cers are authorized to use commercial sources. If commer-
cial sources are unavailable, officer may submit any color
photograph that complies with the requirements outlined
in MILPERSMAN 1070-180.

PSD Hours
PSD Kings Bay's ID card section is pleased to announce
expanded service hours. To better serve the base com-
munity, the ID card section will be open every Saturday
from 9 a.m. to 1 p.m. Personnel are encouraged to utilize
the new ID card appointment scheduling website. The
program has been in effect for one month, and has been a
success. Appointments are available Monday, Wednesday,
and Friday afternoons from 1:30 to 4:30 p.m. To access
the ID card appointment scheduler, visit https://es.cac.
navy.mil/signup.pl. Be sure you use the PSD Kings Bay
link, not the NSD Kings Bay link. Additionally, the dyna-
touch kiosk located in the Navy Exchange may be used to
schedule appointments. Personnel without appointments
will be assisted as scheduling permits during these times.
As always, the ID card section is open Monday through
Wednesday and Friday from 7:30 a.m. to 5 p.m., Thursday
from 9 a.m. to 5 p.m. and Saturday from 9 a.m. to 1 p.m.

Military Sport Bike Class
In accordance with OPNAVINST 5100.12 (H) chg 1, all
military and DcD civilian sport biker riders are required to
complete the Military Sport Bike Class as soon as possible.
There are classes scheduled at Naval Station Mayport Sept.
15, 22 and 29. This class will be offered at Kings Bay after
the range maintenance has been completed however it is
not advisable to wait as weekly reports are sent to CNIC
indicating how many riders have attended that week.
This is a one-day class which will meet the required
three year refresher that has also been required by the new
OPNAVINST. Participates must have completed either a
BRC or ERC within the past 18 months and use their own
motorcycle. No borrowed or loaner bikes can be used to
take this class. Class starts at 7 a.m. at Building 1 (we can
provide directions if needed). All riders must carry their
MSF completion card with them in order to ride on NS
Mayport. Additionally you must have base decals on your
bike otherwise you will be required to trailer your bike to
this class. No temporary passes will be issued.
Currently active duty has first priority for seats, to regis-
ter for class call Mayport Safety at (904) 270 5218 ext 1524
then call Kings Bay Safety at either 2525 or 0414 to obtain
the necessary paperwork.

Take Off Pounds Sensibly (TOPS)
Take Off Pounds Sensibly (TOPS), a non-profit weight
loss support group, meets Wednesday mornings from 9
to 10:30 a.m. at King of Peace Church, next to Camden
County High School. Theywelcome both men and women
to join them. For more information, please call Elizabeth
Ferguson at 912-882-9065.


On The Home Front


Honoring our volunteer heros


By Beth Wilson
Periscope Contributor


A s I work on this col-
umn, John McCain is
giving his nomination
acceptance speech. I was par-
ticularly interested in his com-
ments regarding living life for
something bigger than you, as
that is the focus of this col-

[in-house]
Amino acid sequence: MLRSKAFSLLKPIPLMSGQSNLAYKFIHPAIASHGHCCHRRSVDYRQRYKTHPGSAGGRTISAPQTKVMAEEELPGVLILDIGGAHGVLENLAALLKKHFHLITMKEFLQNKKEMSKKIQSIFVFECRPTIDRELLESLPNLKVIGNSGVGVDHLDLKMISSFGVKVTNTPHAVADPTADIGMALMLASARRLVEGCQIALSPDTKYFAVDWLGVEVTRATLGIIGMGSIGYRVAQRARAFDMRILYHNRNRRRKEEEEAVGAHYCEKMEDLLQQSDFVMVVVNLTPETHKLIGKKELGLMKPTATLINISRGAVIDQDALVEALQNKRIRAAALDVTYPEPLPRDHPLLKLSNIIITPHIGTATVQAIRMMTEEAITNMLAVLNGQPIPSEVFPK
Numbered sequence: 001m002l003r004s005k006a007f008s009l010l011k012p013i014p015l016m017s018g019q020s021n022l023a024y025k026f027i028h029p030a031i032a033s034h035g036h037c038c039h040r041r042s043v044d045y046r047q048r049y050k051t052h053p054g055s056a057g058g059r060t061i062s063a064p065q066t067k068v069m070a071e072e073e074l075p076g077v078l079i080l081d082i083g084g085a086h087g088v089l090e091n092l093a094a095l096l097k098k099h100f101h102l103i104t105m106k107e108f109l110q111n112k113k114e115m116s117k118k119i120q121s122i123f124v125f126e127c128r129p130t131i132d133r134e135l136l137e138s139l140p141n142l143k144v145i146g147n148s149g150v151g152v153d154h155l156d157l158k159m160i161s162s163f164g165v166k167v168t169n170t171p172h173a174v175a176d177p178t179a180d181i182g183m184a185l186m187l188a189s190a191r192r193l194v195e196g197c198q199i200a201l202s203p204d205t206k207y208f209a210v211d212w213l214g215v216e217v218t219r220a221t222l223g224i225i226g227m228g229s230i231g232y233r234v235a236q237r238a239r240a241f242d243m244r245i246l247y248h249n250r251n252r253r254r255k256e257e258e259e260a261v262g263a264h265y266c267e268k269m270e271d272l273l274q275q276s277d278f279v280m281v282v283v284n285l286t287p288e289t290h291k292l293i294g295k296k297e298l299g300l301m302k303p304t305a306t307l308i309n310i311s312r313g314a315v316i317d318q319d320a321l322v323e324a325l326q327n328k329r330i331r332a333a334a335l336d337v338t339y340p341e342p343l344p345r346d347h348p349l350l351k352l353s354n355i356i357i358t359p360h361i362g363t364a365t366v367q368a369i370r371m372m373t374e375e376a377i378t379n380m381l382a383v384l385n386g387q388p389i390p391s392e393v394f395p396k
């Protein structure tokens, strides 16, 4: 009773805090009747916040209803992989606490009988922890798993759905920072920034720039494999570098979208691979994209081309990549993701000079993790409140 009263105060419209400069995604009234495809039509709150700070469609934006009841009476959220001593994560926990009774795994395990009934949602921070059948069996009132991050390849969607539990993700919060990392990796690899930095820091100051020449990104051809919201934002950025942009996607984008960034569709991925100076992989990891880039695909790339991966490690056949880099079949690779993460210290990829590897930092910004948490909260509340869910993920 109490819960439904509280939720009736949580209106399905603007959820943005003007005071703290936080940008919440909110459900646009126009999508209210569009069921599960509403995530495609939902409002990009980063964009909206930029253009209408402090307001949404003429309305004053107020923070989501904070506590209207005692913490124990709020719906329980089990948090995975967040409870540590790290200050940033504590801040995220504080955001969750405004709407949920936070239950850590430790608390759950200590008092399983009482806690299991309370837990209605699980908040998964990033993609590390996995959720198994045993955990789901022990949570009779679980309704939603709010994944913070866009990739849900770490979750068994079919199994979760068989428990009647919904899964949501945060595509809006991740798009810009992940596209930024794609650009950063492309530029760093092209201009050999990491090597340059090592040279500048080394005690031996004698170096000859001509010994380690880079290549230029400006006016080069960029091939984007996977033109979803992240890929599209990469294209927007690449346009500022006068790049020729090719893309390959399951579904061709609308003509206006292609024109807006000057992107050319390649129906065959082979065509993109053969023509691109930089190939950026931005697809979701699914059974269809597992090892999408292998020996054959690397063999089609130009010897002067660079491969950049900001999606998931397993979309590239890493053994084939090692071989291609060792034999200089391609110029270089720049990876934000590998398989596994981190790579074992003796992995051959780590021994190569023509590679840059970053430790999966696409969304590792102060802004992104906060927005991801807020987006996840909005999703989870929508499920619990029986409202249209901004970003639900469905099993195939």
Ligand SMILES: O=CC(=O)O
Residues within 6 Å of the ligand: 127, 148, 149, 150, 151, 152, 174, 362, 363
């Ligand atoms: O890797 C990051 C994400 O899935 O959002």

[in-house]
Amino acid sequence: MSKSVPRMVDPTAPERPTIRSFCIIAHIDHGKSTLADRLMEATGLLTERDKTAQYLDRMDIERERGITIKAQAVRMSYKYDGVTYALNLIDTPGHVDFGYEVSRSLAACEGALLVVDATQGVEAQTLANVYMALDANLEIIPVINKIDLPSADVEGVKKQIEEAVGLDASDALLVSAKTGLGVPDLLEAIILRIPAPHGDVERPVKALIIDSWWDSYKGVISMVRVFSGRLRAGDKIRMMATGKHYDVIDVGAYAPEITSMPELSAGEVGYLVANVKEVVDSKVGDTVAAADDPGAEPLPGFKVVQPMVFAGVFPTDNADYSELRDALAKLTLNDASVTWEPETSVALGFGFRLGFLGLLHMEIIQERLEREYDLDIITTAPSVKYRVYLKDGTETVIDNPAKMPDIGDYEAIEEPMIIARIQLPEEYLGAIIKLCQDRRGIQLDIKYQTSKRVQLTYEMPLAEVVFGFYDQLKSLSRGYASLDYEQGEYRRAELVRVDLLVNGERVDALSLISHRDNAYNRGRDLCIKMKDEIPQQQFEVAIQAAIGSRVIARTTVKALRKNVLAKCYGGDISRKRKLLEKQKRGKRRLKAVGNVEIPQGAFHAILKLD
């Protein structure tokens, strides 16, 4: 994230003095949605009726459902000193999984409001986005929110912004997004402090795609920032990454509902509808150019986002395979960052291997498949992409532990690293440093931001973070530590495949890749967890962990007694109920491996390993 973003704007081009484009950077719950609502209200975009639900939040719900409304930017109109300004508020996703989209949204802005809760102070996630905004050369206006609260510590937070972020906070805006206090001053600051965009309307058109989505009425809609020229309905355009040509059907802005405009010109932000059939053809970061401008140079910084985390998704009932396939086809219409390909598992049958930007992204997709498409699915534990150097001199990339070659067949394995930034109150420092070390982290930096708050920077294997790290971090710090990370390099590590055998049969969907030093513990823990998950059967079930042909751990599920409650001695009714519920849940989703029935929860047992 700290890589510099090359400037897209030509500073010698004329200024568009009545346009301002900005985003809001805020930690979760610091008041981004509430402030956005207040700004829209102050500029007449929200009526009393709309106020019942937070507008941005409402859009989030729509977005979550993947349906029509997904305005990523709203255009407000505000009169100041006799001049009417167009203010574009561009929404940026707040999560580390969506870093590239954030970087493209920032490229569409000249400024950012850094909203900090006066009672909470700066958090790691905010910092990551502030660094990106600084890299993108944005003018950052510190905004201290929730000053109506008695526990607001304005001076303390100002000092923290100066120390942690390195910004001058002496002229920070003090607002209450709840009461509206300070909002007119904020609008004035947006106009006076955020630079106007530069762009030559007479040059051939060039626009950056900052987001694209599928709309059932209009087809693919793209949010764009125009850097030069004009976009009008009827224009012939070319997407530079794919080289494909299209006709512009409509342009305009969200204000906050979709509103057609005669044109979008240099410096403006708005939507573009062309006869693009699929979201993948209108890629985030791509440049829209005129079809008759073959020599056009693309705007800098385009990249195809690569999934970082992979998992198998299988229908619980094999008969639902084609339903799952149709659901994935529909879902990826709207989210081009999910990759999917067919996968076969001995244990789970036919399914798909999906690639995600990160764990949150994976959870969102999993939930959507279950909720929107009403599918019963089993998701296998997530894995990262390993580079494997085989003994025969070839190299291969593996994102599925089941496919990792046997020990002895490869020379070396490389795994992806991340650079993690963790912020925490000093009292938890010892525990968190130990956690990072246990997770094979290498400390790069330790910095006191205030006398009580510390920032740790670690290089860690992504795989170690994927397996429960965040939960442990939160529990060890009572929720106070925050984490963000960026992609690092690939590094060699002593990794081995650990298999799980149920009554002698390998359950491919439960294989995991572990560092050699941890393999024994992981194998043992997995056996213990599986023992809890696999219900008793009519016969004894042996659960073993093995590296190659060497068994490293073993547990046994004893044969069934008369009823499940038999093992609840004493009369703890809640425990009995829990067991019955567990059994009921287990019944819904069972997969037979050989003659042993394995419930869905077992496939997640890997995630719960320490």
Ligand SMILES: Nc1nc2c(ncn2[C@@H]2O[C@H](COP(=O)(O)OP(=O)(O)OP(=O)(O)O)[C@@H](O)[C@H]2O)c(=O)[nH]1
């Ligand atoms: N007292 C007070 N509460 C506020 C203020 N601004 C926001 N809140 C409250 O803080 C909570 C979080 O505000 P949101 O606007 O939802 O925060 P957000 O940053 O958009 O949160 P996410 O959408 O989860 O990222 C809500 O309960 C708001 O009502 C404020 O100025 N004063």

umn; Ombudsman: Volunteer
Heroes.
Commands across the fleet
will honor their Navy Family
Command Ombudsman this
week. Ombudsmen embody
Senator McCain's call to
action; living to serve others.
Ombudsmen do that well; they
are examples and role models
to not only other spouses but
children.
Ombudsmen are sometimes
misunderstood. While there
are Ombudsmen who per-
haps would be better suited
for serving in another capac-
ity, the majority of complaints
about Ombudsman stem


from misunderstanding the
role and responsibilities of an
Ombudsman.
"My Ombudsman does
nothing" can be a common
complaint. Many times an
Ombudsman seems ineffec-
tive because of a very unique
challenge. Ombudsmen are
provided information on
the command roster the
Sailors assigned to the com-
mand. However, this roster
does not include informa-
tion on spouses, parents or
significant others. Obtaining
contact information for you
is the Ombudsman's number
one challenge. If you have not
heard from your Ombudsman,
take the time to contact them.
Your service member can
obtain the Ombudsman infor-
mation on the "plan of the
day" or the command website
often contains Ombudsman
information.
Your local FFSC can also
assist. Your Ombudsman will
be thrilled to hear from you.


An Ombudsman serves atthe
direction of the Commanding
Officer (CO).
This can mean if the CO
does not want a spouse con-
nection forum (internet) or
monthly newsletter then the
Ombudsman is not permitted
to do this on her own. She
serves the CO.
An Ombudsman is guided
by a naval instruction which
defines their duties and limi-
tations.
Each Ombudsman is
required to be certified through
an intense initial training pro-
gram and required on-going
training.
They are an information and
referral resource. They can
refer you to counseling, finan-
cial aid, childcare resources
and other services but they are
not providers of these services.
[Note: no they can't give you
ride 'just this once'] They are
the official communication
conduit between the com-
mand (CO) and command


Beth Wilson
Periscope Contributor


families.
Would you help me thank
our Ombudsmen?
If Ombudsman inspired you,
encouraged you or was a great
resource at a time of need
please take the time to drop
them a note or email through
your command.
I'd also love to hear about
your special Ombudsman and
would like to honor them on
my internet talk show this
month by reading your tribute.
Submit your stories to me at
bethai)homefrontinfocus.com.


By Marie Hobson
Periscope Contributor


W uld you encourage
our son/daughter
to join the military?
What Branch?
My mother recently asked